This week I am attending a workshop myself rather than taking it and I’m incredibly excited. Having spent the last few days sharing my love for the most up to date technology in phones to take photographs, I shall be travelling back through history and learning to make ambrotypes, one of the earliest forms of photography there is. Aren’t I lucky? I’m sure I’ll be posting lots of pictures afterwards about my time there so look out for those.
I love writing this blog but have been so busy the last two weeks that I’ve not really had time to think about it, never mind write it. That’s a great feeling to be honest as it’s always nice to be working, but I look forward to the time when I can manage my time a little more easily – and am able to make sure the blog doesn’t get pushed aside.
The other thing I love doing is taking pictures on my phone and messing around with them in an app called Snapseed.
I’ve also had less time to do that the last couple of weeks but, perhaps because it takes less active thought than writing, I’ve managed to maintain my iPhone habit a little. I really enjoy doing this and in fact the image below of a building reflected on the road in the rain is a photograph I have decided to use for some college work, and I’ve not used a phone image for that before.
I have read about quite a few photographers using their phone and the work that’s out there can be really inspiring. I also have a great book called The Instagram Book, (inside the online photography revolution) published by Ammo which has a collection of some truly incredible photography, all of which originated on a phone and was then shared on the social networking site.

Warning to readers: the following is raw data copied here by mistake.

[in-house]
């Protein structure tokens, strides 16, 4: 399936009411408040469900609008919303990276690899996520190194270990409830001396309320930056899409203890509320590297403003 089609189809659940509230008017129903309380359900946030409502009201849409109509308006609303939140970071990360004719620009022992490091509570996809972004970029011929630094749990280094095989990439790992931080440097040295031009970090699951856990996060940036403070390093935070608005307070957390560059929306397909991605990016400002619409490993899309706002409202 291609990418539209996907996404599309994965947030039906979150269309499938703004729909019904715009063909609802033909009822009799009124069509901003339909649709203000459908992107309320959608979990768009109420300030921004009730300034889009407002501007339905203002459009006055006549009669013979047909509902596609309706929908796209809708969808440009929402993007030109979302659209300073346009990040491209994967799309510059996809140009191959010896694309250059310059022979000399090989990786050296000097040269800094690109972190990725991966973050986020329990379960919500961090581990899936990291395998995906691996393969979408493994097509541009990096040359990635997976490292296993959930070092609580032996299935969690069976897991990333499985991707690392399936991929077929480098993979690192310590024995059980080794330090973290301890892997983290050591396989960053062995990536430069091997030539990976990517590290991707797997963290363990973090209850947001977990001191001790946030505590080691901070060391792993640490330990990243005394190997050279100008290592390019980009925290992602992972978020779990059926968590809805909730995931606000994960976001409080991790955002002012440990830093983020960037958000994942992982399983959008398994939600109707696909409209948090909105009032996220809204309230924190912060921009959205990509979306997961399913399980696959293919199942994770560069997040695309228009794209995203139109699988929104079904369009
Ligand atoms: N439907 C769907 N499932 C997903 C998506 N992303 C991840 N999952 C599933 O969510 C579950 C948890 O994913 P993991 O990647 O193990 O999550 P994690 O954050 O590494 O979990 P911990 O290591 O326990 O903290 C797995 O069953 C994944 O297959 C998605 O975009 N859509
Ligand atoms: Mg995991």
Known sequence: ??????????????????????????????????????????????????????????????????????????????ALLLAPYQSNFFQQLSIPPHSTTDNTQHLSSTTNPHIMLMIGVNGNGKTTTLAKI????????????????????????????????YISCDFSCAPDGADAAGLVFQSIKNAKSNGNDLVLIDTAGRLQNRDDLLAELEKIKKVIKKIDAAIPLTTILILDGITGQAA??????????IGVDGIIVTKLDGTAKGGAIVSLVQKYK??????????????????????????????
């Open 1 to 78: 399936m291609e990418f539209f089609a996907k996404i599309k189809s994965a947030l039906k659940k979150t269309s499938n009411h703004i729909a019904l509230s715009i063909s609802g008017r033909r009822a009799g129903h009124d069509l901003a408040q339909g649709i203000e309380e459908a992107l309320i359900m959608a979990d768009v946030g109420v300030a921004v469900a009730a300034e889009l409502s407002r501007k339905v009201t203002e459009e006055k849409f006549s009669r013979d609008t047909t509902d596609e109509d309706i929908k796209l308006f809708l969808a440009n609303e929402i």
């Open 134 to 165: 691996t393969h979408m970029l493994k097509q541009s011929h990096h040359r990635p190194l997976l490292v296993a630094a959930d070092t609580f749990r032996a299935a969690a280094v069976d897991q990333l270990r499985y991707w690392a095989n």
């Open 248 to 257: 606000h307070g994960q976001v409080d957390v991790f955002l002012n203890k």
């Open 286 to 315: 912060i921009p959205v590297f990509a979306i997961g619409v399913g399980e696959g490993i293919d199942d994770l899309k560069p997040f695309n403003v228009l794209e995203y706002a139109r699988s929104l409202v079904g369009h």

I’m not an Instagram addict; I am actually on Flickr and pretty addicted to that to be honest, but only because that’s where I started and I simply don’t have the time or appetite for yet another social networking site. But I do spend some time flicking through both Flickr and Instagram looking for inspiration and ideas. I love this aspect of my photography. It’s so much fun and I often compare playing with the images in Snapseed to colouring in, which I always loved as a child. It’s nice to be able to revisit some of that even though I’m now, of course, very grown up indeed!
Here is a small selection of some phone images I’ve recently taken. Next week I might get round to discussing a personal photography project I hope to develop which aims to look at some of the more difficult aspects of motherhood in our culture and a call for mums who might like to be involved. But I will need a little more time to think about that. I also can’t wait to show you some photos from the film shoot I did this weekend and there’s some christening photography I’d like to blog about too. Until then, have a great week!